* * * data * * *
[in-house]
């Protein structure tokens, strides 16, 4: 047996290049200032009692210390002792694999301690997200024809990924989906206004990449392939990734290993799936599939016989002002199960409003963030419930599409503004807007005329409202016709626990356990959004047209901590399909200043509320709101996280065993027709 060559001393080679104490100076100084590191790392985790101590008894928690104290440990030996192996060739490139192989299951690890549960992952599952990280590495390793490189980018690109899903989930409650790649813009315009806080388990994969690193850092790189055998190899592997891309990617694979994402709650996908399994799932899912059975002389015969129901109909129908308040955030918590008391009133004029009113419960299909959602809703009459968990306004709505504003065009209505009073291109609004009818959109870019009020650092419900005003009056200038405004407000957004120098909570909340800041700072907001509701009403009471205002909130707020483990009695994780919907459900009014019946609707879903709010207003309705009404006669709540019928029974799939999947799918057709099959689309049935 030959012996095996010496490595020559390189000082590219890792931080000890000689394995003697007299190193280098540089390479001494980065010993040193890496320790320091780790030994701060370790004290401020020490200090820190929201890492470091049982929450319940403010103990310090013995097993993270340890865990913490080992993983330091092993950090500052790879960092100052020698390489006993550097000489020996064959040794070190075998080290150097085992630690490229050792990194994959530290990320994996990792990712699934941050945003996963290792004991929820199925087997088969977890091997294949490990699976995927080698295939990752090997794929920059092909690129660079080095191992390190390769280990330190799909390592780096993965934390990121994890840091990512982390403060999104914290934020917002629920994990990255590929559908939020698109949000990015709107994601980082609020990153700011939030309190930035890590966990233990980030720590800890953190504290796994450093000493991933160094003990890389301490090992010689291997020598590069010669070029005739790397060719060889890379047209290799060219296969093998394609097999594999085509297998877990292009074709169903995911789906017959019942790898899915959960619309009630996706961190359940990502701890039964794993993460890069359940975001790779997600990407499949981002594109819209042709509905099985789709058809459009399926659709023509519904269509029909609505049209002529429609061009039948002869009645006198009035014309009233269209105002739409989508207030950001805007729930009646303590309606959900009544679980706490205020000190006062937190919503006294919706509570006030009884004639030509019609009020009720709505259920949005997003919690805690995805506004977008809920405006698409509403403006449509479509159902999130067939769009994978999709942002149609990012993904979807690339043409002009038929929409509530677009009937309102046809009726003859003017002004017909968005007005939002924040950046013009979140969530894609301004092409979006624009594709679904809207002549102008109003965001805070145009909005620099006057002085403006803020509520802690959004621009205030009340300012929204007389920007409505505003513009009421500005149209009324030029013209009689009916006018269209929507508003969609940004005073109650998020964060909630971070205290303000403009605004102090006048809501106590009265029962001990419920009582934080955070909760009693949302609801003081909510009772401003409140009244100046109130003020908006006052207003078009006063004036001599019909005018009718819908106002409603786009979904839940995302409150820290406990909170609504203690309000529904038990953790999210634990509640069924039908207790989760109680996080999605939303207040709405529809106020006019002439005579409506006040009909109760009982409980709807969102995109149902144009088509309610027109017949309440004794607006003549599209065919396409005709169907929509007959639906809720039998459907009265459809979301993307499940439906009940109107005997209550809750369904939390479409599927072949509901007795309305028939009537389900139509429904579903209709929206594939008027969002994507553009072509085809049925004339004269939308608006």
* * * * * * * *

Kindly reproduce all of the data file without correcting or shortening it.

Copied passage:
[in-house]
């Protein structure tokens, strides 16, 4: 047996290049200032009692210390002792694999301690997200024809990924989906206004990449392939990734290993799936599939016989002002199960409003963030419930599409503004807007005329409202016709626990356990959004047209901590399909200043509320709101996280065993027709 060559001393080679104490100076100084590191790392985790101590008894928690104290440990030996192996060739490139192989299951690890549960992952599952990280590495390793490189980018690109899903989930409650790649813009315009806080388990994969690193850092790189055998190899592997891309990617694979994402709650996908399994799932899912059975002389015969129901109909129908308040955030918590008391009133004029009113419960299909959602809703009459968990306004709505504003065009209505009073291109609004009818959109870019009020650092419900005003009056200038405004407000957004120098909570909340800041700072907001509701009403009471205002909130707020483990009695994780919907459900009014019946609707879903709010207003309705009404006669709540019928029974799939999947799918057709099959689309049935 030959012996095996010496490595020559390189000082590219890792931080000890000689394995003697007299190193280098540089390479001494980065010993040193890496320790320091780790030994701060370790004290401020020490200090820190929201890492470091049982929450319940403010103990310090013995097993993270340890865990913490080992993983330091092993950090500052790879960092100052020698390489006993550097000489020996064959040794070190075998080290150097085992630690490229050792990194994959530290990320994996990792990712699934941050945003996963290792004991929820199925087997088969977890091997294949490990699976995927080698295939990752090997794929920059092909690129660079080095191992390190390769280990330190799909390592780096993965934390990121994890840091990512982390403060999104914290934020917002629920994990990255590929559908939020698109949000990015709107994601980082609020990153700011939030309190930035890590966990233990980030720590800890953190504290796994450093000493991933160094003990890389301490090992010689291997020598590069010669070029005739790397060719060889890379047209290799060219296969093998394609097999594999085509297998877990292009074709169903995911789906017959019942790898899915959960619309009630996706961190359940990502701890039964794993993460890069359940975001790779997600990407499949981002594109819209042709509905099985789709058809459009399926659709023509519904269509029909609505049209002529429609061009039948002869009645006198009035014309009233269209105002739409989508207030950001805007729930009646303590309606959900009544679980706490205020000190006062937190919503006294919706509570006030009884004639030509019609009020009720709505259920949005997003919690805690995805506004977008809920405006698409509403403006449509479509159902999130067939769009994978999709942002149609990012993904979807690339043409002009038929929409509530677009009937309102046809009726003859003017002004017909968005007005939002924040950046013009979140969530894609301004092409979006624009594709679904809207002549102008109003965001805070145009909005620099006057002085403006803020509520802690959004621009205030009340300012929204007389920007409505505003513009009421500005149209009324030029013209009689009916006018269209929507508003969609940004005073109650998020964060909630971070205290303000403009605004102090006048809501106590009265029962001990419920009582934080955070909760009693949302609801003081909510009772401003409140009244100046109130003020908006006052207003078009006063004036001599019909005018009718819908106002409603786009979904839940995302409150820290406990909170609504203690309000529904038990953790999210634990509640069924039908207790989760109680996080999605939303207040709405529809106020006019002439005579409506006040009909109760009982409980709807969102995109149902144009088509309610027109017949309440004794607006003549599209065919396409005709169907929509007959639906809720039998459907009265459809979301993307499940439906009940109107005997209550809750369904939390479409599927072949509901007795309305028939009537389900139509429904579903209709929206594939008027969002994507553009072509085809049925004339004269939308608006």